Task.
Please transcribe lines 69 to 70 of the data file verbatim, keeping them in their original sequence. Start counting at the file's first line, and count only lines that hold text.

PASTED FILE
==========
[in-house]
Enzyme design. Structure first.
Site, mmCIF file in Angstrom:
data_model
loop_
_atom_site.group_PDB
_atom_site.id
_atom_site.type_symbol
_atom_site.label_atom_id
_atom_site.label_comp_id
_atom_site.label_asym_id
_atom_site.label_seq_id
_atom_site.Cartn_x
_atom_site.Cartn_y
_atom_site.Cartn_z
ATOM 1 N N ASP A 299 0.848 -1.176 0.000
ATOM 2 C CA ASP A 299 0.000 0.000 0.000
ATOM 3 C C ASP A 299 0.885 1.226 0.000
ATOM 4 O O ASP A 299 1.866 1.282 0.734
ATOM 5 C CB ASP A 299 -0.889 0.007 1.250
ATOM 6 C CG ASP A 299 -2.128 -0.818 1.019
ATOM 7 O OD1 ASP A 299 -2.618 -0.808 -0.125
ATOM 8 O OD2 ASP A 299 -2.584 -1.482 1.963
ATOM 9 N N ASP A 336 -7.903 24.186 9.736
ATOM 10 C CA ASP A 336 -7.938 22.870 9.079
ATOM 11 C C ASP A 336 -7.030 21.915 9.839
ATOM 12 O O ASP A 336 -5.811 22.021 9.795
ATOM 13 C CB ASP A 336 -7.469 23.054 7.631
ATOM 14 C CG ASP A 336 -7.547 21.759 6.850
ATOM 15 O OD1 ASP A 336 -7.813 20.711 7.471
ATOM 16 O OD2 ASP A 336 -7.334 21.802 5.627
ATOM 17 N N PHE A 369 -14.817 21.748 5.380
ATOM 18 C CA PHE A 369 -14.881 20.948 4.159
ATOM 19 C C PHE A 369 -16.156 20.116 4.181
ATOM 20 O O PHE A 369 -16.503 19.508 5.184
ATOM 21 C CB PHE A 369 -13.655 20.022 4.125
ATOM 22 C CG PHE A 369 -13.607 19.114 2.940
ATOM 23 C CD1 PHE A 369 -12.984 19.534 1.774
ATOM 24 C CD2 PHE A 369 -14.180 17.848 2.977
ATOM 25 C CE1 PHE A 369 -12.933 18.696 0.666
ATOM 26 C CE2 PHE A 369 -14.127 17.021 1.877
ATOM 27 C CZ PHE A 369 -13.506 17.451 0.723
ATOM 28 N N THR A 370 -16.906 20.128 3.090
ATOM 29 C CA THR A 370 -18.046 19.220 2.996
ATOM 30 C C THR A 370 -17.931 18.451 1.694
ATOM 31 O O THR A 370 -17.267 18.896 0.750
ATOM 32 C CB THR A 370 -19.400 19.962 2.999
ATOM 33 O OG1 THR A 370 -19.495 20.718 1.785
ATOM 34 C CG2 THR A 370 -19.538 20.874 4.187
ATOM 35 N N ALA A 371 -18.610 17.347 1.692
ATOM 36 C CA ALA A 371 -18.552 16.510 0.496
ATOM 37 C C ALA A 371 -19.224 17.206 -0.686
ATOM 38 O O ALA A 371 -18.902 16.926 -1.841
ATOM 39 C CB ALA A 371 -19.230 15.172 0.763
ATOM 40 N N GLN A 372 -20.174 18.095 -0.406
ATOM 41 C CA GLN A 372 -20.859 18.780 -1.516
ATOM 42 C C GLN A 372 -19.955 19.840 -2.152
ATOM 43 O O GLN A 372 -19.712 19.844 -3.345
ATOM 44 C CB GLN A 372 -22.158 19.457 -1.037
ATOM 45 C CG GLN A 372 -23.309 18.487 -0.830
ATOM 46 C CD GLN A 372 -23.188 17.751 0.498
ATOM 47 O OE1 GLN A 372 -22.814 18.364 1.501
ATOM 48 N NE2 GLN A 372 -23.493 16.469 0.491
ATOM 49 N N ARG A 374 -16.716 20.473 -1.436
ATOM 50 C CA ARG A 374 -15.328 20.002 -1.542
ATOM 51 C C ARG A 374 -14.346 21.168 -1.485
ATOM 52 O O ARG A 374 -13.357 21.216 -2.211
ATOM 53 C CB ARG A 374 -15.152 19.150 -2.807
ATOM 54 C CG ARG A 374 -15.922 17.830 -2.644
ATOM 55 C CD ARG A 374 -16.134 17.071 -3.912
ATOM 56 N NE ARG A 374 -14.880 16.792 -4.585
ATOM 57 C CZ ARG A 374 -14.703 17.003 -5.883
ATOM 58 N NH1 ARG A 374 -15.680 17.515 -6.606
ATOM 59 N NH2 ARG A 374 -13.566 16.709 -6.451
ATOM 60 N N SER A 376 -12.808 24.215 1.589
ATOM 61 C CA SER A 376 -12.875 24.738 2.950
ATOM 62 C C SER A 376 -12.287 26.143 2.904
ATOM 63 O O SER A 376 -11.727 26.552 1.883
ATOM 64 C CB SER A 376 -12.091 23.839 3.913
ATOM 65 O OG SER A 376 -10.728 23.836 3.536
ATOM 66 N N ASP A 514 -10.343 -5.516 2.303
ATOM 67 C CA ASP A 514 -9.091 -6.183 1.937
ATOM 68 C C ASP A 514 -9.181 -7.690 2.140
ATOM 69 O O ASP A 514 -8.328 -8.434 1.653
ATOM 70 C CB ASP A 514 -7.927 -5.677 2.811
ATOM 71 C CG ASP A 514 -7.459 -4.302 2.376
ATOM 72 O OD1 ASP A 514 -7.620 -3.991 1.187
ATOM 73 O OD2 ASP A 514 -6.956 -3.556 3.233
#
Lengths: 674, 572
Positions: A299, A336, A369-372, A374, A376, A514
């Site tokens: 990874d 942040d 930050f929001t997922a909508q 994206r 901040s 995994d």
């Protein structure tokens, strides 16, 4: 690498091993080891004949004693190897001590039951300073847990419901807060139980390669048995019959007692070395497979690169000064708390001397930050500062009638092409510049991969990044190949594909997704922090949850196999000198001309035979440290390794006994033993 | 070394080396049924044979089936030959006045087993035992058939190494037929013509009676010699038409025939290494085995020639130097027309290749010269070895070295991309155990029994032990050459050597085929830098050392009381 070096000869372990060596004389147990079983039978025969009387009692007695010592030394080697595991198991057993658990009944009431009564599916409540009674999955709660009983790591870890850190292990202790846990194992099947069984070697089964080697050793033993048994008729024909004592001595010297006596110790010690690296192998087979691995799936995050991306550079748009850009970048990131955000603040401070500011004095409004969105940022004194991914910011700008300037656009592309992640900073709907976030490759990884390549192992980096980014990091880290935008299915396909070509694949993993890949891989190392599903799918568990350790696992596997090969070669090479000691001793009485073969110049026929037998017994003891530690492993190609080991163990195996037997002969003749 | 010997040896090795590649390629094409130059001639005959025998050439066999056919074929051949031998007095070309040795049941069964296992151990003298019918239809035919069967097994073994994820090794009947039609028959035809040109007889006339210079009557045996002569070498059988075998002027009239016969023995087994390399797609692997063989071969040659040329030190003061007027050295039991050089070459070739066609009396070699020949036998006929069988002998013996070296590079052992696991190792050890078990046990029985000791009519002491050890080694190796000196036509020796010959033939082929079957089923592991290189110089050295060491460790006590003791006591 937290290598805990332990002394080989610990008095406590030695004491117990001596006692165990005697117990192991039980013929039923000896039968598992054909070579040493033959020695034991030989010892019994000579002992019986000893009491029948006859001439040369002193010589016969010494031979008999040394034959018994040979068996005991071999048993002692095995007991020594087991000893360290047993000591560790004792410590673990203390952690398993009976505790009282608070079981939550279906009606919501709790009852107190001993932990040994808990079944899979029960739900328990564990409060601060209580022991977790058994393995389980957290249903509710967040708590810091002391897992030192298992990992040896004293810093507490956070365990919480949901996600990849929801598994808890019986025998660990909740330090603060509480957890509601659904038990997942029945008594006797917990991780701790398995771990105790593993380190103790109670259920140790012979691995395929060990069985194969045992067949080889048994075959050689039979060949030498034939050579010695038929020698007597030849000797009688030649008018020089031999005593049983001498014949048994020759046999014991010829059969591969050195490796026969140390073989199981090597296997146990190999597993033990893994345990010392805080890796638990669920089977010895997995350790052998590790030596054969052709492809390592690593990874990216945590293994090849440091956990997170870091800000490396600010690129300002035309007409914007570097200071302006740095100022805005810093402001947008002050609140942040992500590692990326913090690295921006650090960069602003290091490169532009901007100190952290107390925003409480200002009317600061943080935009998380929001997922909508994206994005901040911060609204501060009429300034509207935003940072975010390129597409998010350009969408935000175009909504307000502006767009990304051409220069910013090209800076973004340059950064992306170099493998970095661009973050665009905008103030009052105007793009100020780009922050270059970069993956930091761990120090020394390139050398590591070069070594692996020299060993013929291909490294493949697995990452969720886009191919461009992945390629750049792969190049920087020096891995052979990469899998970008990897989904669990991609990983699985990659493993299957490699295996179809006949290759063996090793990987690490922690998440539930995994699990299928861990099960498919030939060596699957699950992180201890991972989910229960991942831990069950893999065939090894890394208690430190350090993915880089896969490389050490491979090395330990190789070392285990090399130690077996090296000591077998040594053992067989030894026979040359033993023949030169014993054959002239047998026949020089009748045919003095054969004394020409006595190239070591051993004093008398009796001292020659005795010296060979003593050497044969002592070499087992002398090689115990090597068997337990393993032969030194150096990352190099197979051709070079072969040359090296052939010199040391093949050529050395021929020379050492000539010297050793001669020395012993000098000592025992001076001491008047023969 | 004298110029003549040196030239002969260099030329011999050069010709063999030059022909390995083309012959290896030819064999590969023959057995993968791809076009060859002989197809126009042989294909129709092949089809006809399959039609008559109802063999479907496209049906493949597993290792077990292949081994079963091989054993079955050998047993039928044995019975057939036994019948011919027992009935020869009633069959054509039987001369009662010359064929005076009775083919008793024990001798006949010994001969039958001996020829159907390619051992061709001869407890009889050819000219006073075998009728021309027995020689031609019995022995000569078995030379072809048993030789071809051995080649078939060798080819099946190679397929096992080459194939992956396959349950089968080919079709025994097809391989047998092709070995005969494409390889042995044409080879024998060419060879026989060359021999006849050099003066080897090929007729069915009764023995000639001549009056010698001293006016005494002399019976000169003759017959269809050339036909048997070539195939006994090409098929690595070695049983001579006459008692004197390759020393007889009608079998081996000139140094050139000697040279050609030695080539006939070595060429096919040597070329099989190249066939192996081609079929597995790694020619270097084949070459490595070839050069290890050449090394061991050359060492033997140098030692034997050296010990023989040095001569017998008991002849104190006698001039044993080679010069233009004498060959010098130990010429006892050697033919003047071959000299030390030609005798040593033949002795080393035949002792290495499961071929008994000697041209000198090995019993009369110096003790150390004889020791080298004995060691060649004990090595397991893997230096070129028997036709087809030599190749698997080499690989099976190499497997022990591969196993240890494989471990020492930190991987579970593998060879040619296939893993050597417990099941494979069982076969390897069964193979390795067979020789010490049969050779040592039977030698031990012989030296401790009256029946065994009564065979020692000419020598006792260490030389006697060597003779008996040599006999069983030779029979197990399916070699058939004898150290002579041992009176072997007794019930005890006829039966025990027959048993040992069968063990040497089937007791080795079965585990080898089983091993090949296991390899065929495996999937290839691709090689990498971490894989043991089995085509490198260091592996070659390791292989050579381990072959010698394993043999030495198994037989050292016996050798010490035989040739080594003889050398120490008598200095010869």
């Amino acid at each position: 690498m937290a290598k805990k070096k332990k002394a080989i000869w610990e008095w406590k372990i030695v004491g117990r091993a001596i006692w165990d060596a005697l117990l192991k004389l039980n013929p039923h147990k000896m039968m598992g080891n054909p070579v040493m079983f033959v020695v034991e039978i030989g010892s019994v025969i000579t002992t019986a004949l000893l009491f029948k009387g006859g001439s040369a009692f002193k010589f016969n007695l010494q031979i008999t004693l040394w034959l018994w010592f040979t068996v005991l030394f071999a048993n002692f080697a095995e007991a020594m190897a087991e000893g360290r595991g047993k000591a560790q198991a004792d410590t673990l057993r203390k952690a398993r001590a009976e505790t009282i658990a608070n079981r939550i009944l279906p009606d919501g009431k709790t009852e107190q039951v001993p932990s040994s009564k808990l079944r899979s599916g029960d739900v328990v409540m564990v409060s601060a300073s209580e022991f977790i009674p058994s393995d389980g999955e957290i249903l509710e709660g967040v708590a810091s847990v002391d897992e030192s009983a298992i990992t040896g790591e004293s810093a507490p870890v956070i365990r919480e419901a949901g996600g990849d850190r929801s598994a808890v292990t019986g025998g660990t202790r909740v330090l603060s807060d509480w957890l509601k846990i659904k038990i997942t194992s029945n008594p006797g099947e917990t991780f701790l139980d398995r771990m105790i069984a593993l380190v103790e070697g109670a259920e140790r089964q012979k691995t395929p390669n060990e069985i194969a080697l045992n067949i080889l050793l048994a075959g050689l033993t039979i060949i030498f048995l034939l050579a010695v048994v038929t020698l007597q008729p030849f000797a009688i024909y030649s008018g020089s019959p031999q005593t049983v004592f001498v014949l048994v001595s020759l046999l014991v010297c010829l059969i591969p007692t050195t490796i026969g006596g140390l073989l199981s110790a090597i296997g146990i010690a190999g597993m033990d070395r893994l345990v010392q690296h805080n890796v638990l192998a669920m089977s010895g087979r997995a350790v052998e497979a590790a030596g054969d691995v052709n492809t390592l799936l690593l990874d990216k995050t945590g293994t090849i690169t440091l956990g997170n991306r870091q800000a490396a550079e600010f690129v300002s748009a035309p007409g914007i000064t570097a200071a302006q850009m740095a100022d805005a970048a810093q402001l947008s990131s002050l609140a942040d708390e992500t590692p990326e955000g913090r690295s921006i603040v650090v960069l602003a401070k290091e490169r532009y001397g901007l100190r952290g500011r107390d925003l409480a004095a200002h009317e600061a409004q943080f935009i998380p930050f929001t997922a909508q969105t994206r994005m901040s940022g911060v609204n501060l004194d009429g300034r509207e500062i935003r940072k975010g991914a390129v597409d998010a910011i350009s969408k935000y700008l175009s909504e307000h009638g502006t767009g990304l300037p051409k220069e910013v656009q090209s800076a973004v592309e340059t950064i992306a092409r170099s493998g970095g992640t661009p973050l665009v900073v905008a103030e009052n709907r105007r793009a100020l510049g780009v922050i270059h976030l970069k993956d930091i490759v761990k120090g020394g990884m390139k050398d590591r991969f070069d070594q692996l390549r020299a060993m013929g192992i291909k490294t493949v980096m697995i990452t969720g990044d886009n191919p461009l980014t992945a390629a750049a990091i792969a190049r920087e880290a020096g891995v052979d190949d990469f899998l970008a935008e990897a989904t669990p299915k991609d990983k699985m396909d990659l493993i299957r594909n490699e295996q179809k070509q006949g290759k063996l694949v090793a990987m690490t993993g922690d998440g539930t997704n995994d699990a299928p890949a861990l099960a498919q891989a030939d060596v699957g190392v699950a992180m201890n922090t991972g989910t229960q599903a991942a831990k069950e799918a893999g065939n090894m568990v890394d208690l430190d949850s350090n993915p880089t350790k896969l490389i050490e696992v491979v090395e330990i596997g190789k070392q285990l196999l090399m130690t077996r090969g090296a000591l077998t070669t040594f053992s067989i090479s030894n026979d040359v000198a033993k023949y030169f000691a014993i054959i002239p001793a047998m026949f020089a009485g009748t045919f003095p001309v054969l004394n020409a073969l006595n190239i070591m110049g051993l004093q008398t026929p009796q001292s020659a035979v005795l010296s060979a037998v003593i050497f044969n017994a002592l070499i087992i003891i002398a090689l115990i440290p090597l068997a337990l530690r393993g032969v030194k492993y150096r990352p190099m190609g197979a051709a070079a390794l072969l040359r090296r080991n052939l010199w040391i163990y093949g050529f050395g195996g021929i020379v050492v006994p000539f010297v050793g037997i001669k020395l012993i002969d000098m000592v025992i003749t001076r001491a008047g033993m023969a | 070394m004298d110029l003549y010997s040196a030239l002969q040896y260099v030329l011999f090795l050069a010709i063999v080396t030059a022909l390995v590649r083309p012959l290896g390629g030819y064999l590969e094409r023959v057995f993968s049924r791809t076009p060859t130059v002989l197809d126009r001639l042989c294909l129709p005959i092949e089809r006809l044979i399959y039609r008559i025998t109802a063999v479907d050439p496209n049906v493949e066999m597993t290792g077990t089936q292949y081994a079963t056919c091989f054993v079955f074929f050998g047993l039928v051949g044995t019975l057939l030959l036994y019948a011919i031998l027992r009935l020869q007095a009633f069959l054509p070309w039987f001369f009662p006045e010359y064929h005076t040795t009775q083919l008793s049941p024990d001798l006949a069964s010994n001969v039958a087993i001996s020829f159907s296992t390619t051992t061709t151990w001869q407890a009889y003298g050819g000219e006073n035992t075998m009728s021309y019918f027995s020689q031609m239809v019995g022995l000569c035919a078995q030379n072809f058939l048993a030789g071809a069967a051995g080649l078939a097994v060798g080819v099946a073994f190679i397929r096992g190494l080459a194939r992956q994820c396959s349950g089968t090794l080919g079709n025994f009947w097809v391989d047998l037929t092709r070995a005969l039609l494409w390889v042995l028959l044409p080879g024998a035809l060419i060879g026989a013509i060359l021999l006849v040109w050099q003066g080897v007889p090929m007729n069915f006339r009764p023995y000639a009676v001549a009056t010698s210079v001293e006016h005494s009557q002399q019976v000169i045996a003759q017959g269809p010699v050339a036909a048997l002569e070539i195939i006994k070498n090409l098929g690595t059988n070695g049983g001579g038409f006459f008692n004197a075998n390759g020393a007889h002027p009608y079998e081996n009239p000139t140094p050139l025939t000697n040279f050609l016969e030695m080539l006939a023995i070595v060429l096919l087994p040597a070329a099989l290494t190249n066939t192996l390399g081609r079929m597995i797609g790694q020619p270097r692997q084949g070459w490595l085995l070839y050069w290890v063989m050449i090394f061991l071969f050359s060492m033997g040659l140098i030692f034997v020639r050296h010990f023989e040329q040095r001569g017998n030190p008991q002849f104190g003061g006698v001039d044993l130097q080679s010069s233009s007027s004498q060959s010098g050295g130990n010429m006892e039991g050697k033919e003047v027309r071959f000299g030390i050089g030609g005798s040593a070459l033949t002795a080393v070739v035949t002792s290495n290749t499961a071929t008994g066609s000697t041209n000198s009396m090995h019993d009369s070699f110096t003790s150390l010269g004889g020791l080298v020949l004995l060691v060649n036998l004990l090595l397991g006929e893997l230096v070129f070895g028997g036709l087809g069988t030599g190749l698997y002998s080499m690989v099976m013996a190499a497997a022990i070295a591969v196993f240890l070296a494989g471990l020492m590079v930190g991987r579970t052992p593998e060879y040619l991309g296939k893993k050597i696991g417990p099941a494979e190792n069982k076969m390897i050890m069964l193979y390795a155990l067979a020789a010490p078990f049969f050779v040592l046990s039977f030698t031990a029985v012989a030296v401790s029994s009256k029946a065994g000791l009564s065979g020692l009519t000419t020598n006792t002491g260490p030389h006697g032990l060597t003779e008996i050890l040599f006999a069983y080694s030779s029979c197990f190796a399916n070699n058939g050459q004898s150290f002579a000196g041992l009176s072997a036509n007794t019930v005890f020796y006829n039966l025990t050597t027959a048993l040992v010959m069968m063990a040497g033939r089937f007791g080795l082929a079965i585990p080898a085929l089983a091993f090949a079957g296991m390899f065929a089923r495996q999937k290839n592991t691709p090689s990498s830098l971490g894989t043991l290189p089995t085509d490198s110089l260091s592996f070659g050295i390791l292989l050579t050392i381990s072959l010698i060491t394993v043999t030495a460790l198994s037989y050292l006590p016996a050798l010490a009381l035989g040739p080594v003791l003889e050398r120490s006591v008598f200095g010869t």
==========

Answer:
ATOM 54 C CG ARG A 374 -15.922 17.830 -2.644
ATOM 55 C CD ARG A 374 -16.134 17.071 -3.912